Living History April 2002

By Crystal Conde Premium



Saddle up your horses and head west to the Cheyenne Frontier Days Old West Museum. Travel back in time when you stroll through one of the largest carriage collections in the country. You’ll learn about the role cowboys, pioneers and Native Americans played in shaping the modern West. The rotating exhibits and extensive Western art collection will have you feeling like you’re home on the range. Visit the museum on April 2, and participate in the annual Victorian Tea from 6 to 8 p.m. Get dressed up in period-appropriate costume, and learn about the history of the Victorian tea. (You just might win a prize for best dressed.) Admission is $5. Make reservations in advance by calling (307) 778-1416. For general information about the museum, call (307) 778-7290 or visit <>.



Get a glimpse into 19th-century military life at the Fur Trade Rendezvous held at Fort Washita Military Park from April 3-7 — the largest rendezvous re-enactment in the Southwest. Re-enactors will compete in firing black-powder weapons and in axe and knife throwing. You can join in workshops on blacksmithing, bead working and basket weaving, or see demonstrations on flint knapping, baking, tanning and other practices. Established in 1841 along the Washita River, the fort is home to General Douglas Cooper’s grave and a reconstruction of the 1849 soldiers’ barracks. The rendezvous, sponsored by the Oklahoma Historical Society, began in 1986 with a group of 25 people. Today, the event attracts hundreds of re-enactors and thousands of spectators. Call (405) 924-6502.



Walk through thatched-roof cottages while village residents in period costumes conduct their chores and master their trades. Step back in time at Salem 1630: Pioneer Village — America’s oldest living history museum. You’ll see demonstrations of colonial games and crafts. Observe interpreters cooking over an open hearth and preparing codfish. As you tour the village, keep an eye out for animals that are specially bred to appear as their 17th-century counterparts. Immerse yourself in this Puritan village. The season begins in mid-April. To plan your visit to Salem 1630, see <> or call (978) 744-0991.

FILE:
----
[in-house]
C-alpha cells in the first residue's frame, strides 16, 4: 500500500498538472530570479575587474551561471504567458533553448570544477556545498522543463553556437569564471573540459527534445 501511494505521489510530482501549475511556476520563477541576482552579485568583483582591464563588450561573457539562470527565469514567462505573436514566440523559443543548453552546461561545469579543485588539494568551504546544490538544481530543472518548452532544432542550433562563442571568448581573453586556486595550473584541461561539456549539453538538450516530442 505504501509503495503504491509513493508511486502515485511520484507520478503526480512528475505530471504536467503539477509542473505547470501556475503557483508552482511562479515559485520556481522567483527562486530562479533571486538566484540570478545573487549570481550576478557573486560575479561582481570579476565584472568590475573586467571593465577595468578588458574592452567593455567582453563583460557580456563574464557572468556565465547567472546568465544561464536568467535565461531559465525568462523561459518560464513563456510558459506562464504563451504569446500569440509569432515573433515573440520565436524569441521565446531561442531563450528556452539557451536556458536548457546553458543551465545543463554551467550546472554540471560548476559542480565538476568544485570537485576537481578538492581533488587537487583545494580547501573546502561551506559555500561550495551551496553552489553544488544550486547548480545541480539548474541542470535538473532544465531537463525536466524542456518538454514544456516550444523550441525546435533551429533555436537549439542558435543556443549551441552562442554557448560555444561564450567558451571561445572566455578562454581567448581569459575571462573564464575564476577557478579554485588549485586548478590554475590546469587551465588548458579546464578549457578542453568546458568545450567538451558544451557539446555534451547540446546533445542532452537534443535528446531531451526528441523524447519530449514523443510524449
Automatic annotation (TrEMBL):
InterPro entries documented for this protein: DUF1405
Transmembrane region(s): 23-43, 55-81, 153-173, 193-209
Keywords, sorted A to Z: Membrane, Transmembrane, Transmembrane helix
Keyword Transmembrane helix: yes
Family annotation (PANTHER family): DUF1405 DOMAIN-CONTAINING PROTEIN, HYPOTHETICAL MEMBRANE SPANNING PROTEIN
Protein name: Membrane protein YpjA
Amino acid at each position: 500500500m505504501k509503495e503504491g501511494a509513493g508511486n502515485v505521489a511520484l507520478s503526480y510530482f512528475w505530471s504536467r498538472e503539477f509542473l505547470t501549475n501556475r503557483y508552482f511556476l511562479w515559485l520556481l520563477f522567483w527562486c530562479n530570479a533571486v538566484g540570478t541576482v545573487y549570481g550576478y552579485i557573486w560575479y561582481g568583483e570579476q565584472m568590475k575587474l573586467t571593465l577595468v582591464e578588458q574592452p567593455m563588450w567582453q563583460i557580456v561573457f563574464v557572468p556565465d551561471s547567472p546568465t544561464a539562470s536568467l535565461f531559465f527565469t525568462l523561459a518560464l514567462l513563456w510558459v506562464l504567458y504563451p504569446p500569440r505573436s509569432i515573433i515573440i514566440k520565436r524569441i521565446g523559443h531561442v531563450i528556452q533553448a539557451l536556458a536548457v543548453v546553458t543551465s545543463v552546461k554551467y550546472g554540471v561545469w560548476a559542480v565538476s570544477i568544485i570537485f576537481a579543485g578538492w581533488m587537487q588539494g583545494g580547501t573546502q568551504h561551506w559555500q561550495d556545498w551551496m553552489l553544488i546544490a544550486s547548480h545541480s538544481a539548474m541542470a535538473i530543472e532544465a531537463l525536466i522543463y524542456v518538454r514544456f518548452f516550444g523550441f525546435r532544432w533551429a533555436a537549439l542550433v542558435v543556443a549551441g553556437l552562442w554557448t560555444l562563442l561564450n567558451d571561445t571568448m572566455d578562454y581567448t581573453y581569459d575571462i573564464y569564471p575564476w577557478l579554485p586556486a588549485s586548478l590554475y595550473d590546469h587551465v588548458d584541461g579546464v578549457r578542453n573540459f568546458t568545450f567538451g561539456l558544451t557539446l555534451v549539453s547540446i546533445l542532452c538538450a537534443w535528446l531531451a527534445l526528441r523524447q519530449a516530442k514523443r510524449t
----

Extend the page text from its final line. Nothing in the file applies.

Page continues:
Discover the peaceful atmosphere that enveloped a farming community prior to the Civil War. Tour Missouri Town 1855, and observe interpreters dressed in 19th-century attire going about their chores. Opening day of the seven-month season is April 15. Stop by the mercantile to pick up some supplies and engage in local gossip. Watch the blacksmith hard at work or the housewife cooking at the hearth. Simple log cabins and refined Greek revival-style houses represent the diverse cultural and economic environment of the 19th century. You’ll find yourself surrounded by rare livestock breeds and authentic furnishings and farming equipment. Admission to Missouri Town 1855 is $3 for adults and $2 for children and senior citizens. The park is open Wednesday through Sunday from 9 a.m. to 4:30 p.m. Call (816) 795-8200 Ext. 1260 or visit <>.



Tour a duplex that doubles as a mansion: Riordan Mansion State Historic Park is the site of the 13,000-square-foot home built by the Riordan Brothers in 1904. The house is actually two separate living quarters joined by a billiard room. Let the guide take you on a journey through the lives of an early 20th century family. Gaze at the 1904 Steinway piano that’s still a fixture in the home. If you visit on April 20, you can talk with the residents of nearby communities and learn how these towns contributed to the area’s cultural heritage through logging, mining, ranching and the operation of railroads. One-hour tours begin at 11 a.m. Admission is $6 for adults and $2.50 for children. Call (520) 779-4395 or visit <>.



Unearth the details of how the West was won at the Black American West Museum & Heritage Center. Filled with information and stories you won’t find in history books, the museum recounts the westward settlement of blacks. Take a look at the town of Dearfield — an all-black community established after the Civil War that brought the successful practice of dry farming to Colorado. Learn about influential leaders in the black community such as Justina L. Ford. Known as the “Lady Doctor,” Ford delivered more than 7,000 babies and committed herself to helping the underprivileged in Denver. Since its inception in 1971, the museum and heritage center has accumulated one of the largest collections of artifacts, records and memorabilia relating to black pioneers and cowboys. The winter season begins October 1 and ends April 30. The museum is open during the summer as well. You can visit the museum Wednesday through Friday from 10 a.m. to 2 p.m. and on weekends from 10 a.m. to 5 p.m. For information, call (303) 292-2566 or visit <>.
From the April 2002 issue of Family Tree Magazine